Twisted Neck at Birth (Congenital Muscular Torticollis)

What is congenital muscular torticollis?

Congenital torticollis is the term used when a baby is born with a twisted neck that causes the baby’s head to turn to one side. It’s also called wryneck.

What is the cause?

Congenital muscular torticollis is caused by a shortened neck muscle. Most often the muscle that is shortened is the one that goes across the neck from the collarbone to just behind the ear. The exact cause of the shortened neck muscle is not known. One theory is that the muscle stretched too much when the baby’s head was delivered at birth. Severe stretching can cause bleeding into the muscle. Pressure from bleeding and swelling can damage the muscle. Scar tissue then replaces some of the muscle, making the muscle shorter. Some other theories are that it is caused by crowding inside the uterus or a blood vessel problem.

What are the symptoms?

Your child keeps his head turned in one direction.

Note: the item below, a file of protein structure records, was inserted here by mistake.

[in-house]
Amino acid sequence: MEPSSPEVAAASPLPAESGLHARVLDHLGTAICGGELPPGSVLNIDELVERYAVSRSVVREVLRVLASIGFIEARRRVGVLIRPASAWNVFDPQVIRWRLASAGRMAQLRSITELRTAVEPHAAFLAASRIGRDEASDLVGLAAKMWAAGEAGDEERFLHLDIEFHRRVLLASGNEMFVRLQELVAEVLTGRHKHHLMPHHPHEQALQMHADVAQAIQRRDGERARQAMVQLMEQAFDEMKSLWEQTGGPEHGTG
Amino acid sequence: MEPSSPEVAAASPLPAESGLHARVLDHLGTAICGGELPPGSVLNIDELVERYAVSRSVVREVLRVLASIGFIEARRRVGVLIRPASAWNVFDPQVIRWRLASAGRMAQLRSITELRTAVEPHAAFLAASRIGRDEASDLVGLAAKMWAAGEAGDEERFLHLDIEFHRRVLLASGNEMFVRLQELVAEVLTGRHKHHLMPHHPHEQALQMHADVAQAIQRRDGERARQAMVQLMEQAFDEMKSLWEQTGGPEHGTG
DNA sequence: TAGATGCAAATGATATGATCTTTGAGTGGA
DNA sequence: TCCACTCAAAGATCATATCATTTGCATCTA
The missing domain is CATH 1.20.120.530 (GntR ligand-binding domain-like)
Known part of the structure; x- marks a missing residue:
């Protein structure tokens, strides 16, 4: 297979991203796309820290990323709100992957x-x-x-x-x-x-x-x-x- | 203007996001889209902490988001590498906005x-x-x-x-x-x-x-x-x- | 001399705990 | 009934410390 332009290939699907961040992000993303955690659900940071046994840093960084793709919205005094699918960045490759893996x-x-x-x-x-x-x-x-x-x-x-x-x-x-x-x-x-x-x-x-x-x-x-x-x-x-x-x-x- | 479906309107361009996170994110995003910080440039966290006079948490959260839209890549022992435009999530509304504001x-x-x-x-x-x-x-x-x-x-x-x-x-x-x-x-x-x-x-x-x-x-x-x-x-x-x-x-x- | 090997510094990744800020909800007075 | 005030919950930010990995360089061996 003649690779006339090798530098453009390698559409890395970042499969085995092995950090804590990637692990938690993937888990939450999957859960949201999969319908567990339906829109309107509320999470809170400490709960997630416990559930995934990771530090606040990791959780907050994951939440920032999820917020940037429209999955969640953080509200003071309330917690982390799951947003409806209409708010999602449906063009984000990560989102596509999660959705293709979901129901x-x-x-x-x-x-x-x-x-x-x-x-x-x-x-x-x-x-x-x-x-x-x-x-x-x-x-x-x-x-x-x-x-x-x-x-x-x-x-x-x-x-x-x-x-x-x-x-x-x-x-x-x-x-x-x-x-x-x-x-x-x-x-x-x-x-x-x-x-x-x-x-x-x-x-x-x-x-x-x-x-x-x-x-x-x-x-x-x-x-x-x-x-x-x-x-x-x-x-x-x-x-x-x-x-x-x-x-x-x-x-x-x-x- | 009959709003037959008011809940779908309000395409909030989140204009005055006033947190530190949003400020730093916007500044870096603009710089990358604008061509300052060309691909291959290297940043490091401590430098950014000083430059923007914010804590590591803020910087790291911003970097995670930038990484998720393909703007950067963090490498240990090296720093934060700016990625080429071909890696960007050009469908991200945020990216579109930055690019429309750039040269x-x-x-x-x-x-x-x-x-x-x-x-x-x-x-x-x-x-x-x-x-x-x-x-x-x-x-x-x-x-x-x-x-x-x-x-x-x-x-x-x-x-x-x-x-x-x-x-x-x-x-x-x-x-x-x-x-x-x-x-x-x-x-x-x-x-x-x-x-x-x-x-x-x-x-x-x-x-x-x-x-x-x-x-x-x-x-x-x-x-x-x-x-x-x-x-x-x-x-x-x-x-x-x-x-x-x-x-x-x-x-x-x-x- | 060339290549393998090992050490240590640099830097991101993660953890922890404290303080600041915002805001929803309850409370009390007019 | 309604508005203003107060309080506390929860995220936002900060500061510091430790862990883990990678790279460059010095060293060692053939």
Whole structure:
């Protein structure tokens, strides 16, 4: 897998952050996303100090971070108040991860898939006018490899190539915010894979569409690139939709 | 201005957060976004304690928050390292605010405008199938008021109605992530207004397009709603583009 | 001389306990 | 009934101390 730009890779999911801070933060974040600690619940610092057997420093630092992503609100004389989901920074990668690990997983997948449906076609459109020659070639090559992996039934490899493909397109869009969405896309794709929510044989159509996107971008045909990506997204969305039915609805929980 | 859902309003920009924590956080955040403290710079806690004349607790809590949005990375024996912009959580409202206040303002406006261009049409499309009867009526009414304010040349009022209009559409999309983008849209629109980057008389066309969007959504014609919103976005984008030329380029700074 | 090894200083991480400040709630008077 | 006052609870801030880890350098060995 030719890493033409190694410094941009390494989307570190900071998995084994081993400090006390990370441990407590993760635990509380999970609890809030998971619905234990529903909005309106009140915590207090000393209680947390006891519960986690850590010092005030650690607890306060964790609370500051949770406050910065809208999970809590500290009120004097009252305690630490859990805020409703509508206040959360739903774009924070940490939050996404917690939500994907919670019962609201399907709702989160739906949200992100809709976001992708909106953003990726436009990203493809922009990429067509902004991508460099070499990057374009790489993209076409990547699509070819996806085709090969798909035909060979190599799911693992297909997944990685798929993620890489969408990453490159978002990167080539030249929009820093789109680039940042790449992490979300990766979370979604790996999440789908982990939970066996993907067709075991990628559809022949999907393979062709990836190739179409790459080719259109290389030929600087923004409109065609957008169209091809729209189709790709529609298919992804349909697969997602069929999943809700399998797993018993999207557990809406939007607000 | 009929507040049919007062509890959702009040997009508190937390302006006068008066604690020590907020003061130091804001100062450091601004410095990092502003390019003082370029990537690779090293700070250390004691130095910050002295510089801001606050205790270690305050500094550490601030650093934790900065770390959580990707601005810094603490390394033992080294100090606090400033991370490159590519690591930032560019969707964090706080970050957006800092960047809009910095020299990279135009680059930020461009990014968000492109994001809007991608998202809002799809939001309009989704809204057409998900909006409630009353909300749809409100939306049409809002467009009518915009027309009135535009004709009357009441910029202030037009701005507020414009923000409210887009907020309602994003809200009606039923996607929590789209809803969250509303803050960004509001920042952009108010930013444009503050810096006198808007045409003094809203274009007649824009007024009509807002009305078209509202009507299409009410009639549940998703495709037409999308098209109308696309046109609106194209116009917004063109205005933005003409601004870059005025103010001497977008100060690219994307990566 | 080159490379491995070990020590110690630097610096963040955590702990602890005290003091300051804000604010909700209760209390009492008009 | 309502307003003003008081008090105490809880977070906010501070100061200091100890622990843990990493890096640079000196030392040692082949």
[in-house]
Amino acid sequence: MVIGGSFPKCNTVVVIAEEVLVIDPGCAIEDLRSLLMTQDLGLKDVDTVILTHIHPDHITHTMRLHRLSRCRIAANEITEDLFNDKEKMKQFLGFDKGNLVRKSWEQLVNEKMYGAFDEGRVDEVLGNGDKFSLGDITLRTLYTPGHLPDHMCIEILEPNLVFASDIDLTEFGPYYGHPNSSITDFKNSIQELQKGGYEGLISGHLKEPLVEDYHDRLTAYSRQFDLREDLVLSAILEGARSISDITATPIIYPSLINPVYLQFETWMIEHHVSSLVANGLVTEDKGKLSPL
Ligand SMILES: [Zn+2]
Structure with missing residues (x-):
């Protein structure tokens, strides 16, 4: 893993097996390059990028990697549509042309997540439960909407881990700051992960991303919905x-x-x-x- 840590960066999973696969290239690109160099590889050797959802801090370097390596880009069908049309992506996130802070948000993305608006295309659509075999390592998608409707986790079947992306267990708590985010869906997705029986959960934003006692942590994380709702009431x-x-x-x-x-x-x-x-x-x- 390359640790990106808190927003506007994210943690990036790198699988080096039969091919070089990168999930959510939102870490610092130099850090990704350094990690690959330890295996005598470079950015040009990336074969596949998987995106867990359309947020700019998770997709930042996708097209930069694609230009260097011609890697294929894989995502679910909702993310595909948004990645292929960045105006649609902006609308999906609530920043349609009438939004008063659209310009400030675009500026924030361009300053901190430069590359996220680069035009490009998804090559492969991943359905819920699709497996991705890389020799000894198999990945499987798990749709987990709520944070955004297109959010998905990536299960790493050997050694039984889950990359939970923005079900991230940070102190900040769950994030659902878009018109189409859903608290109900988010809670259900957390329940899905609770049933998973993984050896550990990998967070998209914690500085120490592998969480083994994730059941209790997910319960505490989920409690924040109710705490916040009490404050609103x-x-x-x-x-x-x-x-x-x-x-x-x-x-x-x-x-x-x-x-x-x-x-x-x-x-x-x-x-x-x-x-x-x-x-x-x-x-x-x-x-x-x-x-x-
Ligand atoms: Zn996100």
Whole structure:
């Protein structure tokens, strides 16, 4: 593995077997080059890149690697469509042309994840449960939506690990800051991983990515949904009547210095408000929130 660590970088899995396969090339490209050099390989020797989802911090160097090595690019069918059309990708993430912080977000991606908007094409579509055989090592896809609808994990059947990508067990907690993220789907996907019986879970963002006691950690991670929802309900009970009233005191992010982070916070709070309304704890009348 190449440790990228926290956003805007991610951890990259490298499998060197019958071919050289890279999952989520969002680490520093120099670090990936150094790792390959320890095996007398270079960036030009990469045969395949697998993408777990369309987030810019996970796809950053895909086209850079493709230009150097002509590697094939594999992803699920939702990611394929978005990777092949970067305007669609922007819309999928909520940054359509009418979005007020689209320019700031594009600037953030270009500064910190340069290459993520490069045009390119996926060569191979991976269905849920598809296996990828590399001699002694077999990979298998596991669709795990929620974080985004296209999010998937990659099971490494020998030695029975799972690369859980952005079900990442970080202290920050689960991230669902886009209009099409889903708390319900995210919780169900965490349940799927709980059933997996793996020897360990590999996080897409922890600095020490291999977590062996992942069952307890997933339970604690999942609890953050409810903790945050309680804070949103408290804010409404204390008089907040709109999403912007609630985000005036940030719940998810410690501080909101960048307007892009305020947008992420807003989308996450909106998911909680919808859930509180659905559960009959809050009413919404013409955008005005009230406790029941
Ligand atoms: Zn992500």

How is it diagnosed?

Your child’s healthcare provider will examine your child.

How is it treated?

Your healthcare provider will give you exercises to do with your baby to stretch and move the baby’s neck.

It can help to put a baby in a situation where the baby will have to use the affected muscle. For example, lay your baby in the crib so that if your baby wants to see what is going on in the room, he will have to turn the chin towards the shoulder of the affected side. This will stretch the muscle and help cure the problem.

Stretching and other exercises are usually the only treatment that is needed for congenital muscular torticollis. Your healthcare provider may refer you to a physical therapist to help see how well the treatment is working. In rare cases, surgery may be done.

How can I take care of my child?

Do the exercises recommended by your healthcare provider.

Ask your healthcare provider:

  • How long it will take your child to recover from this condition
  • What activities your child should avoid
  • How to take care of your child at home
  • What symptoms or problems you should watch for and what to do if your child has them

Make sure you know when you should bring your child back for a checkup.

Written by Robert Brayden, MD, Professor of Pediatrics, University of Colorado.
Pediatric Advisor 2015.1 published by RelayHealth.
Last modified: 2013-01-30
Last reviewed: 2013-01-22
This content is reviewed periodically and is subject to change as new health information becomes available. The information is intended to inform and educate and is not a replacement for medical evaluation, advice, diagnosis or treatment by a healthcare professional.
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